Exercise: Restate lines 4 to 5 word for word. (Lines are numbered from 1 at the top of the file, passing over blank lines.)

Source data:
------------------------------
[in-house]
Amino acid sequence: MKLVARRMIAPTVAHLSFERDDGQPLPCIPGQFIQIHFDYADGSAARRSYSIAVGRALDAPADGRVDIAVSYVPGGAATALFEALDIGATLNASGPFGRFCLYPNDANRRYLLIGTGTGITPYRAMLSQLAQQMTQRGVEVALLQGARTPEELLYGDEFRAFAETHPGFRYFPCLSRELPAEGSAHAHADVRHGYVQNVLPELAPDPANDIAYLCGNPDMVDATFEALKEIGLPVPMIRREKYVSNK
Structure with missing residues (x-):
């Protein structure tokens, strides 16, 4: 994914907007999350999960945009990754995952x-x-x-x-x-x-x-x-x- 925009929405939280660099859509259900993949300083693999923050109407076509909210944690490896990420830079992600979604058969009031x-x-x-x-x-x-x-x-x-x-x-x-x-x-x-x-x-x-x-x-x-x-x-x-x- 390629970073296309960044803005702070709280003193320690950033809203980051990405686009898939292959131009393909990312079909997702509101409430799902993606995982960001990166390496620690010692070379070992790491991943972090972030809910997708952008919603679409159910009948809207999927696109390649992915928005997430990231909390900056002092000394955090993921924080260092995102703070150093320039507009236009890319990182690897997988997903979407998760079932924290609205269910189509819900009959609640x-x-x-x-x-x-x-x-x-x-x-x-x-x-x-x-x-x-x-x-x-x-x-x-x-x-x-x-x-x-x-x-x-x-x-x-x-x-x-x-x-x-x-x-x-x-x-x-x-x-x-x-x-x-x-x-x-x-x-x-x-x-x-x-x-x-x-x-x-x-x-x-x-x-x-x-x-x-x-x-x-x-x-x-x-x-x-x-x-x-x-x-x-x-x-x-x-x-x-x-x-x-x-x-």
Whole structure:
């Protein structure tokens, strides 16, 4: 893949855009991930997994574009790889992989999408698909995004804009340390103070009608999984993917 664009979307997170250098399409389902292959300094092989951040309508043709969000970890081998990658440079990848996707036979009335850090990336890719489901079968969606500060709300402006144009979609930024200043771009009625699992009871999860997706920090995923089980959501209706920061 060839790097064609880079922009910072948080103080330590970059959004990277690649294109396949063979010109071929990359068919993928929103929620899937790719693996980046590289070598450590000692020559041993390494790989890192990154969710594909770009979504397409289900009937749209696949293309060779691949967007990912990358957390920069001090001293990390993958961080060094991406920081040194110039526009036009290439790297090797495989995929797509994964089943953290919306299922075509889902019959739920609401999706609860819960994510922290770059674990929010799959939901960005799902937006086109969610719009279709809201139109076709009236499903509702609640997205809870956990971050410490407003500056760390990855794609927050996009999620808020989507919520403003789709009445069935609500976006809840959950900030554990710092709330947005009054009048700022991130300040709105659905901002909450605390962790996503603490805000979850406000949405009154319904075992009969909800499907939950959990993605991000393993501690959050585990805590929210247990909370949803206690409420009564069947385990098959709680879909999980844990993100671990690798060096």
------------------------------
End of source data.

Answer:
């Protein structure tokens, strides 16, 4: 994914907007999350999960945009990754995952x-x-x-x-x-x-x-x-x- 925009929405939280660099859509259900993949300083693999923050109407076509909210944690490896990420830079992600979604058969009031x-x-x-x-x-x-x-x-x-x-x-x-x-x-x-x-x-x-x-x-x-x-x-x-x- 390629970073296309960044803005702070709280003193320690950033809203980051990405686009898939292959131009393909990312079909997702509101409430799902993606995982960001990166390496620690010692070379070992790491991943972090972030809910997708952008919603679409159910009948809207999927696109390649992915928005997430990231909390900056002092000394955090993921924080260092995102703070150093320039507009236009890319990182690897997988997903979407998760079932924290609205269910189509819900009959609640x-x-x-x-x-x-x-x-x-x-x-x-x-x-x-x-x-x-x-x-x-x-x-x-x-x-x-x-x-x-x-x-x-x-x-x-x-x-x-x-x-x-x-x-x-x-x-x-x-x-x-x-x-x-x-x-x-x-x-x-x-x-x-x-x-x-x-x-x-x-x-x-x-x-x-x-x-x-x-x-x-x-x-x-x-x-x-x-x-x-x-x-x-x-x-x-x-x-x-x-x-x-x-x-």
Whole structure: